The Permian Basin’s economic impact on Texas and the nation is growing—thanks to both its natural and renewable energy resources.
A new report from The Perryman Group and the Permian Strategic Partnership (PSP) claims that by 2050, the region is expected to contribute up to $260 billion in gross product and more than 1 million jobs to the nation’s economy, which is roughly double current employment.
“Over the last century, the Permian Basin has been the lifeblood of our nation—providing vital resources, jobs and economic opportunities,” commented Don Evans, PSP Chairman and Former U.S. Commerce Secretary during the George W. Bush Administration.
The Permian Basin is one of the top energy-producing regions in the world, with abundant natural and renewable resources. With 94.5 billion barrels of known recoverable oil and 213.3 trillion ft3 of known recoverable natural gas, the Permian Basin helps fuel the state and national economies.
In 2021, the Permian Basin contributes $153.2 billion and nearly 700,000 jobs to the U.S. economy. According to the new report, the Permian Basin is also responsible for:
$11.8 billion in 2021 Texas tax collections;
508,800 industry jobs in Texas;
$1.9 billion in 2022 mineral revenue contributions to the Texas Public University Fund; and
$3.58 billion to the Texas State Highway Fund in 2023e and $3.58 billion to the Texas Rainy-Day Fund in 2023—the highest amount ever recorded.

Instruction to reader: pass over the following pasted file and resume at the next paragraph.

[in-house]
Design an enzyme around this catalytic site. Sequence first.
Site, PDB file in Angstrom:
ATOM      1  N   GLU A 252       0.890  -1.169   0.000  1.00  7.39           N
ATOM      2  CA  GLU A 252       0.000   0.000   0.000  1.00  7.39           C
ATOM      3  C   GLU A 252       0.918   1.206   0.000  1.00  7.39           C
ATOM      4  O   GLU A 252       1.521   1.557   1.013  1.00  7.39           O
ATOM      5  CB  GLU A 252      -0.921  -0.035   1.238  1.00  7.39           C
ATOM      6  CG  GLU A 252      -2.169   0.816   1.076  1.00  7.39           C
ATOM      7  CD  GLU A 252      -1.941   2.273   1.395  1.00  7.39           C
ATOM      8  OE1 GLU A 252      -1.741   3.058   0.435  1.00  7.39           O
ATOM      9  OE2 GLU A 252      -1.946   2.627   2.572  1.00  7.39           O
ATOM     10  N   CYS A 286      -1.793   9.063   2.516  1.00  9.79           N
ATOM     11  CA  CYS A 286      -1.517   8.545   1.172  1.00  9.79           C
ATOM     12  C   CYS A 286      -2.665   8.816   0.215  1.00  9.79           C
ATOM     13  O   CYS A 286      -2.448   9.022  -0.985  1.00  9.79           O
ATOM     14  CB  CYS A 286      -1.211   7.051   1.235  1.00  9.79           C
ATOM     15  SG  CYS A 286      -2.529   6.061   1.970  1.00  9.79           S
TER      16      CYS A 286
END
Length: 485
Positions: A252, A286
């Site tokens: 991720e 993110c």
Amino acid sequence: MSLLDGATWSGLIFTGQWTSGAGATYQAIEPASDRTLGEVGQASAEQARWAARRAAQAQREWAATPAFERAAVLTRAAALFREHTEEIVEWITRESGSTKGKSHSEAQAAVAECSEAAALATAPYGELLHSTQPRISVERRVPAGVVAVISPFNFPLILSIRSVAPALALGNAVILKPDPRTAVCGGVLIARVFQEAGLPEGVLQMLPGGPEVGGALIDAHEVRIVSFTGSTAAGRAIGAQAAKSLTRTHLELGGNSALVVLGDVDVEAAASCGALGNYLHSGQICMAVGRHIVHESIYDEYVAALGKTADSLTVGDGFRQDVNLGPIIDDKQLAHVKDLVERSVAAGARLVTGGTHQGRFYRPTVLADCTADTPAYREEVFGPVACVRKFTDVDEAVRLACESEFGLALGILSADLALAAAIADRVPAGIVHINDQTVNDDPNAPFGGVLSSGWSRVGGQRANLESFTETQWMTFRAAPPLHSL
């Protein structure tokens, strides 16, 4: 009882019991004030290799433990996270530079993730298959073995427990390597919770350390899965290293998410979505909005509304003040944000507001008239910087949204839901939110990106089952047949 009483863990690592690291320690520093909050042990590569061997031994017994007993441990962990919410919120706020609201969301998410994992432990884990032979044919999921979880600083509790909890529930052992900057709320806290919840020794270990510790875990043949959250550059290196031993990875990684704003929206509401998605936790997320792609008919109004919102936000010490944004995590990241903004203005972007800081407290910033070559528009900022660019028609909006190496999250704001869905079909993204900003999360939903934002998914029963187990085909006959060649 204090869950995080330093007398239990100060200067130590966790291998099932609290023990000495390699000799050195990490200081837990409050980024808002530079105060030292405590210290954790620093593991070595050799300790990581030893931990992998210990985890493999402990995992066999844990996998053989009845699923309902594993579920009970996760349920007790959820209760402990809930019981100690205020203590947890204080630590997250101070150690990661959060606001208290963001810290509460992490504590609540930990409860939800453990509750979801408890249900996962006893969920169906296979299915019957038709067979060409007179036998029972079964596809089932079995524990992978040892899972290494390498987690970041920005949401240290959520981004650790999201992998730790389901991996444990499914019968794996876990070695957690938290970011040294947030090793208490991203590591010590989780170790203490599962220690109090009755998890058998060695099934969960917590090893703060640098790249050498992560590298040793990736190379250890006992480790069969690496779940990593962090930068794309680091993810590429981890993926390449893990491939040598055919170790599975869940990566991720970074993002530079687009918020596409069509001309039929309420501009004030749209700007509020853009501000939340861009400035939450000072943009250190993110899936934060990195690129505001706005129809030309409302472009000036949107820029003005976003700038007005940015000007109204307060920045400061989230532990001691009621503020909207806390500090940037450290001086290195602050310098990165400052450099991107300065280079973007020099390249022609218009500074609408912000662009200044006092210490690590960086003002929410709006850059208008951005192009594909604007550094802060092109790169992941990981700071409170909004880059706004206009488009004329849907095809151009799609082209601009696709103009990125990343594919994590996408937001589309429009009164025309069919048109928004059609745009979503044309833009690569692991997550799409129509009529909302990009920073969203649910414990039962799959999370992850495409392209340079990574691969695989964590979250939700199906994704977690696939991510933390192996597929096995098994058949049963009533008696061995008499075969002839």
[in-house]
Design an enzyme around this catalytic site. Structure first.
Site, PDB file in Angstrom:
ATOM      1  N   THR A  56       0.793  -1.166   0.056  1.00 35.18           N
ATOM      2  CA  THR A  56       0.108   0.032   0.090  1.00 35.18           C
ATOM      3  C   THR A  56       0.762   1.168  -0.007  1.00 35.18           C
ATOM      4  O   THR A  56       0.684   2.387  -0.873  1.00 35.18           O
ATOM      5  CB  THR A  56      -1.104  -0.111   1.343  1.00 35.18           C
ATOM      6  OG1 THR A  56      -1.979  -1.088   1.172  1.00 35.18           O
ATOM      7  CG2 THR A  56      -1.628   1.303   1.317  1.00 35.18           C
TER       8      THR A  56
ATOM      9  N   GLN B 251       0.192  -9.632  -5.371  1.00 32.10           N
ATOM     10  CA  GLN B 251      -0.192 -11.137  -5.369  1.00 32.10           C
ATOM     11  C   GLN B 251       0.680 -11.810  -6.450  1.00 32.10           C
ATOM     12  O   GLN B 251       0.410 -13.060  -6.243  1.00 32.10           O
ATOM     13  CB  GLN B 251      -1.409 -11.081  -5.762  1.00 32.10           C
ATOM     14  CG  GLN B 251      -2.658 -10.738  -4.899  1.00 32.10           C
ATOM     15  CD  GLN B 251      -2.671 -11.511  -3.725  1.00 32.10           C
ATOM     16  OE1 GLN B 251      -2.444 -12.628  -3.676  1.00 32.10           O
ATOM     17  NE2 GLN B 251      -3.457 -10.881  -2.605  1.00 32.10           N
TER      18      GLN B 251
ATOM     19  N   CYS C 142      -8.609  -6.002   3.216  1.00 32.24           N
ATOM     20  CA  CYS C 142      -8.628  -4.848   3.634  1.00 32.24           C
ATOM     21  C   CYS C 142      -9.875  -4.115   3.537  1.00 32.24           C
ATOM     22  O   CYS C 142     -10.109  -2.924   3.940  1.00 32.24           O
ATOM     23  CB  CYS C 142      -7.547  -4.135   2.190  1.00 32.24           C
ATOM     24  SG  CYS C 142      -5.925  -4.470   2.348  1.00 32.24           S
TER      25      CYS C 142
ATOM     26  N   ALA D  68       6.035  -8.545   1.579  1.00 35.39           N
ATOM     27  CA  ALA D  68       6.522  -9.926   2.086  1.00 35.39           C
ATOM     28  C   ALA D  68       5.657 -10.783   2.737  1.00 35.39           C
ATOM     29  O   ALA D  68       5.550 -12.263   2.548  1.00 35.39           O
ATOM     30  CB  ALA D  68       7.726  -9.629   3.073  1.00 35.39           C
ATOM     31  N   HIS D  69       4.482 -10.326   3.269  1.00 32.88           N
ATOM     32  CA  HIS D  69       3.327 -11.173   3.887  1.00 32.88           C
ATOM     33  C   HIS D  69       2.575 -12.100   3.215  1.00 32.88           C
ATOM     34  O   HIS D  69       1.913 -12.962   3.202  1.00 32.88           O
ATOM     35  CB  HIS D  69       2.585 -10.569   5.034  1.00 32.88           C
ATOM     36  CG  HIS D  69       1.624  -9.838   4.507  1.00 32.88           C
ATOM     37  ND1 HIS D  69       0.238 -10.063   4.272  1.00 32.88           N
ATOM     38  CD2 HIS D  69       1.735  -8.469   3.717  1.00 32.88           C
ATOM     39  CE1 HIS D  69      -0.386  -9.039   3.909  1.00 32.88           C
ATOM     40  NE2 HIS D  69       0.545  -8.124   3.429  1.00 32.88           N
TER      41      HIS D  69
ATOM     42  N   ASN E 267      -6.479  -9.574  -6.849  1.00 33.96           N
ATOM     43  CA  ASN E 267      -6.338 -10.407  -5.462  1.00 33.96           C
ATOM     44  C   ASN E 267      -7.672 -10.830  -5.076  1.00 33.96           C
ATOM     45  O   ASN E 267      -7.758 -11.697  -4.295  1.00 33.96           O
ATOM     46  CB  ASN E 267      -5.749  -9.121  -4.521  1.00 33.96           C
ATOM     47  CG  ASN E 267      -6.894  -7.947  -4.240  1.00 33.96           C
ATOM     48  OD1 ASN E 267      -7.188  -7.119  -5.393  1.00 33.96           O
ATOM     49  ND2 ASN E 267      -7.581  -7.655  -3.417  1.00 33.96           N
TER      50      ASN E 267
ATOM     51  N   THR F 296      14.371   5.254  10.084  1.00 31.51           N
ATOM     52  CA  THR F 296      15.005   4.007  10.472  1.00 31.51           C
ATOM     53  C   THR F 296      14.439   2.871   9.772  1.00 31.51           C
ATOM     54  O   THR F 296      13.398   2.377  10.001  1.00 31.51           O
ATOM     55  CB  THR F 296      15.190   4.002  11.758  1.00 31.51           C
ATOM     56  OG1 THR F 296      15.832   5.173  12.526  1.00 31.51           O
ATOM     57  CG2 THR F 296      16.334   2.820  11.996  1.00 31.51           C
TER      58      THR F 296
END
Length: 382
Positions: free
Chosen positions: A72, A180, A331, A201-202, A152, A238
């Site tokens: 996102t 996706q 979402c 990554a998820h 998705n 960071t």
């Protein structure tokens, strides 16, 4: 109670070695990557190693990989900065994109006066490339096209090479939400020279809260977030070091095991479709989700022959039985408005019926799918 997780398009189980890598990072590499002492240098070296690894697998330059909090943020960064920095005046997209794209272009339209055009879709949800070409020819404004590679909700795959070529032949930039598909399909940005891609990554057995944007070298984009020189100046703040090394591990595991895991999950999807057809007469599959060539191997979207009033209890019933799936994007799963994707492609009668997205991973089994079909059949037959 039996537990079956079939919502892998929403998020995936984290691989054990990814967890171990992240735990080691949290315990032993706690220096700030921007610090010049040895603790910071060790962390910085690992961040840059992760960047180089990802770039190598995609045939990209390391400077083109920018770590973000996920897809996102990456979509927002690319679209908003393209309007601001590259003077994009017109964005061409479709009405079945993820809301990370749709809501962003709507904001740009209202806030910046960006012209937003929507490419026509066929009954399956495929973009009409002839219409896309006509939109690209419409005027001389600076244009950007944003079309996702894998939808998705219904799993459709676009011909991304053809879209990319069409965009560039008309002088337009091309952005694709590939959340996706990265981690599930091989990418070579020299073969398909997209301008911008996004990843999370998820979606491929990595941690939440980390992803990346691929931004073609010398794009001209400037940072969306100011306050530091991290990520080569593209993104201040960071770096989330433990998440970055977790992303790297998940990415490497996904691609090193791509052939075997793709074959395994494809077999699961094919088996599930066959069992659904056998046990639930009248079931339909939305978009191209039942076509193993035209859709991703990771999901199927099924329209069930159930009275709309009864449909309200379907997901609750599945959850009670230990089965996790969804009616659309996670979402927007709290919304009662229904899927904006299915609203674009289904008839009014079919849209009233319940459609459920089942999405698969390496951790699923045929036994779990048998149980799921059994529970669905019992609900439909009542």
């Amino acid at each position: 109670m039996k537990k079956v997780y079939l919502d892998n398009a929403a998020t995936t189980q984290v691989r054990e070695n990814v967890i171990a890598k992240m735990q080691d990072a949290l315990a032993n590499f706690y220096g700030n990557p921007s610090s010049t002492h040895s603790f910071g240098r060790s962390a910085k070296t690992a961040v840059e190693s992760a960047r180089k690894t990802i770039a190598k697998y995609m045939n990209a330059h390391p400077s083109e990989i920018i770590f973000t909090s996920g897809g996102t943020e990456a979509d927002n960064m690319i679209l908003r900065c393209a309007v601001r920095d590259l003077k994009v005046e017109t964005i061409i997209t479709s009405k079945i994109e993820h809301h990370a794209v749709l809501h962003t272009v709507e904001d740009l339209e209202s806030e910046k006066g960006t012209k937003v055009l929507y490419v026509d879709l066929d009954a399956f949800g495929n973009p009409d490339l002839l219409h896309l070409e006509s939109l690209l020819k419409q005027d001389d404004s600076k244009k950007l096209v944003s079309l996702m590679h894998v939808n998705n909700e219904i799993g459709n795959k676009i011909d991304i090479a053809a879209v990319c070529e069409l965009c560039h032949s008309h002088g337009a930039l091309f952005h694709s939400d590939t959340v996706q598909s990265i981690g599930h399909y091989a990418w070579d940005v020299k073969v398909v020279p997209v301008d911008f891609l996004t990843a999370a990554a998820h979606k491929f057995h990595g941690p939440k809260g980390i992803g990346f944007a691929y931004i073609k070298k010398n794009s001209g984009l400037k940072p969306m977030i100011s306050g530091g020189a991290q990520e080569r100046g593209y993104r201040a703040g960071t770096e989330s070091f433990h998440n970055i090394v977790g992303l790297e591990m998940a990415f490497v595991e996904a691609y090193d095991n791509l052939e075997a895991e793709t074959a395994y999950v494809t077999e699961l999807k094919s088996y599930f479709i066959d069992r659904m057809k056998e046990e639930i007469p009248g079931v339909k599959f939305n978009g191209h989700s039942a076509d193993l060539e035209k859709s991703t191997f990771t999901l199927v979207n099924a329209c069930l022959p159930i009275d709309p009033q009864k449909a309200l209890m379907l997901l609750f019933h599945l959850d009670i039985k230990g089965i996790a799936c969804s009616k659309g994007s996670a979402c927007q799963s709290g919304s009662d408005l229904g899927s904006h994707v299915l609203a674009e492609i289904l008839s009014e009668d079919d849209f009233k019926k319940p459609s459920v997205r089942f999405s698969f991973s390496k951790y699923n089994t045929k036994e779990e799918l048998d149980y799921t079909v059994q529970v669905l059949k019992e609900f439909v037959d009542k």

“The Permian Basin is the largest secure supply of energy in the world,” Evans continued in a statement. “Texas should continue to invest in and expand the infrastructure of the region. This will enhance the ability for the energy industry to provide the energy resources necessary to keep our nation’s economy strong and country secure.”
Despite being home to just 1.6% of the Texas population, the Permian Basin is responsible for 7.8% of the state's private sector GDP, the two groups noted.
“The PSP is committed to providing current data about not only the Permian Basin’s impact on the Texas economy but also on the strategic role of our region in an ever-evolving geopolitical landscape,” said Tracee Bentley, president and CEO of the PSP.
While the Permian Basin’s contribution is substantial, there is still room for improvement, the two groups added.
According to the report, an additional $1 billion in investments in Permian Basin infrastructure could result in:
4,500 fewer fatalities and injuries;
2.1 million few hours in traffic delays; and
$1.5 billion in economic benefits from increased safety and fewer delays.
“Texas leaders have a historic opportunity to invest in the future of our state and country and keep energy abundant by investing in Permian Basin infrastructure,” Bentley added in her statement.